A Film for People Who Love and Hate Rom-Coms
Chris Kavan - wrote on 09/06/14
Director David Wain is best known for his break-out comedy Wet Hot American Summer (featuring some early performances from some currently very big names: Bradley Cooper, Paul Rudd, Christopher Meloni, Amy Poehler and Elizabeth Banks). The movies was a spoof on the common coming-of-age story, taking place in a summer camp. It was pretty hilarious and over-the-top. Wain went on to direct Role Models and Wanderlust but he returns to his spoof roots in They Came Together (with some of the same cast returning).
They Came Together is essentially a more high-brow version of the awful Aaron Seltzer, Jason Friedberg - you know the "Date Movie", "Epic Movie" and whatever else they slap together and call a comedy. But They Came Together has the benefit of A) Having good actors in the roles and B) actually being funny. Granted, some of the jokes fall flat and are terrible - but, and you're talking about someone who hates rom-coms - overall it was a good effort.
Paul Rudd and Amy Poehler play the leads - she is an independent single mother running a local candy store, he is a corporate drone working for a candy corporation looking to shut her down. Both are coming out of bad relationships and, of course, their first meeting is a total disaster... until they meet up again at a book store where both realize they love "fiction" - and, oh my God, they connect! And it just gets more ridiculous from there. And the whole time they are telling their story to another couple (played by Bill Hader and Ellie Kemper), who casually comment how much they hate each other as they are forced to listen to this story.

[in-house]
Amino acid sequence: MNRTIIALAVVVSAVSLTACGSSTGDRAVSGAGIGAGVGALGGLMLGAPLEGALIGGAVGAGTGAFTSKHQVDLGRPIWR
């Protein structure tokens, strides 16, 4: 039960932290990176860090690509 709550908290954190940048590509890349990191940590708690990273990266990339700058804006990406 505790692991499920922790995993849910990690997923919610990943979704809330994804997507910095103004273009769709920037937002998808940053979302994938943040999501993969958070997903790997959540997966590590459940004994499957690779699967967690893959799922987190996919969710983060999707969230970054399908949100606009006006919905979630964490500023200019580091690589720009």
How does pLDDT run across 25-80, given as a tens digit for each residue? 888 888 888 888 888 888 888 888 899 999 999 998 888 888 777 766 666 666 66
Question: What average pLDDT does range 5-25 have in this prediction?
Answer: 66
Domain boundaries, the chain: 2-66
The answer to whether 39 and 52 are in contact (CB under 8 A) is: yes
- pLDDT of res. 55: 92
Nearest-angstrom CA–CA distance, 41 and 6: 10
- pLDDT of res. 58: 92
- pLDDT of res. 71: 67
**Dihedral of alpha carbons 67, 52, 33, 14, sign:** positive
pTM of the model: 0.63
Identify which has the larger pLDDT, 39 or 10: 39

The best part about the film for me were the running gags - the longing "thank you" look back nearly every other scene. The two-minute long bartender conversation that goes back and forth for (nearly) too long, but goes on just long enough. The Cobie Smulders reveal and the surprisingly excellent cameo from Michael Shannon and random music interlude from Norah Jones. There are also a couple of completely gross-out jokes that seem entirely out-of-place, yet still manage to work if for no other reason then... why not?
I have a feeling this was more a movie about friends hanging out with friends and just randomly piling on jokes as they went along. It's not so much laugh-out-loud hilarity as it is nod-and-wink at our clever selves. Those going in expecting a typical comedy (romantic or otherwise) experience are bound to be a bit let down. But if you view it from the angle of an improv taken to absurd levels, it's a lot of fun, even if it doesn't always hit the mark.